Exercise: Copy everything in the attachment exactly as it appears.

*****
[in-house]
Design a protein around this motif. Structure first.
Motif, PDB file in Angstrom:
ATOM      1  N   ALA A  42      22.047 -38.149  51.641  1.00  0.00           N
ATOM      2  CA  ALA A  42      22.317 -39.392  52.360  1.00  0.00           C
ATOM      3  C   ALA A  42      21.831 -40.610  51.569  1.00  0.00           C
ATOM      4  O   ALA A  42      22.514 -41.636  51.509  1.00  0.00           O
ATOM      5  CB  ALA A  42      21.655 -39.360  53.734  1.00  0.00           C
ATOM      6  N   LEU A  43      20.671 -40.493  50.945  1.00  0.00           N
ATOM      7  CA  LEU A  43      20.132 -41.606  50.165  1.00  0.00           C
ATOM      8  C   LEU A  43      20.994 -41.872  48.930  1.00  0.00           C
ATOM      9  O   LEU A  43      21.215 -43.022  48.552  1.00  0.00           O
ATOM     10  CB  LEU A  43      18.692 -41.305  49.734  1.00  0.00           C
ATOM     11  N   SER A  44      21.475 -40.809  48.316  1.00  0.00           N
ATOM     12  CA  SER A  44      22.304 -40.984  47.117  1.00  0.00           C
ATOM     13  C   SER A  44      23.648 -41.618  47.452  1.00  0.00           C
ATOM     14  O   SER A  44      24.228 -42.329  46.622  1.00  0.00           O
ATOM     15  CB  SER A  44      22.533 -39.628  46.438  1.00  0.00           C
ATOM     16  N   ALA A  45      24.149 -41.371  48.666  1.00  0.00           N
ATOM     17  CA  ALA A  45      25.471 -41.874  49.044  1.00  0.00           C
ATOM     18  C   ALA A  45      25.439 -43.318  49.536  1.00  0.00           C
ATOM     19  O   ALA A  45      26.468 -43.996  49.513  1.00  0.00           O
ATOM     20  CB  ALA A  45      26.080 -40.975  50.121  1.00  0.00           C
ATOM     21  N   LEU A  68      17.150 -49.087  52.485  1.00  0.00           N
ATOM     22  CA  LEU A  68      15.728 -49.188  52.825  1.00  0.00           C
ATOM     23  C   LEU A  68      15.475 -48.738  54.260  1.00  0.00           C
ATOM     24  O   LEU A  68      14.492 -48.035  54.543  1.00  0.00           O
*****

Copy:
[in-house]
Design a protein around this motif. Structure first.
Motif, PDB file in Angstrom:
ATOM      1  N   ALA A  42      22.047 -38.149  51.641  1.00  0.00           N
ATOM      2  CA  ALA A  42      22.317 -39.392  52.360  1.00  0.00           C
ATOM      3  C   ALA A  42      21.831 -40.610  51.569  1.00  0.00           C
ATOM      4  O   ALA A  42      22.514 -41.636  51.509  1.00  0.00           O
ATOM      5  CB  ALA A  42      21.655 -39.360  53.734  1.00  0.00           C
ATOM      6  N   LEU A  43      20.671 -40.493  50.945  1.00  0.00           N
ATOM      7  CA  LEU A  43      20.132 -41.606  50.165  1.00  0.00           C
ATOM      8  C   LEU A  43      20.994 -41.872  48.930  1.00  0.00           C
ATOM      9  O   LEU A  43      21.215 -43.022  48.552  1.00  0.00           O
ATOM     10  CB  LEU A  43      18.692 -41.305  49.734  1.00  0.00           C
ATOM     11  N   SER A  44      21.475 -40.809  48.316  1.00  0.00           N
ATOM     12  CA  SER A  44      22.304 -40.984  47.117  1.00  0.00           C
ATOM     13  C   SER A  44      23.648 -41.618  47.452  1.00  0.00           C
ATOM     14  O   SER A  44      24.228 -42.329  46.622  1.00  0.00           O
ATOM     15  CB  SER A  44      22.533 -39.628  46.438  1.00  0.00           C
ATOM     16  N   ALA A  45      24.149 -41.371  48.666  1.00  0.00           N
ATOM     17  CA  ALA A  45      25.471 -41.874  49.044  1.00  0.00           C
ATOM     18  C   ALA A  45      25.439 -43.318  49.536  1.00  0.00           C
ATOM     19  O   ALA A  45      26.468 -43.996  49.513  1.00  0.00           O
ATOM     20  CB  ALA A  45      26.080 -40.975  50.121  1.00  0.00           C
ATOM     21  N   LEU A  68      17.150 -49.087  52.485  1.00  0.00           N
ATOM     22  CA  LEU A  68      15.728 -49.188  52.825  1.00  0.00           C
ATOM     23  C   LEU A  68      15.475 -48.738  54.260  1.00  0.00           C
ATOM     24  O   LEU A  68      14.492 -48.035  54.543  1.00  0.00           O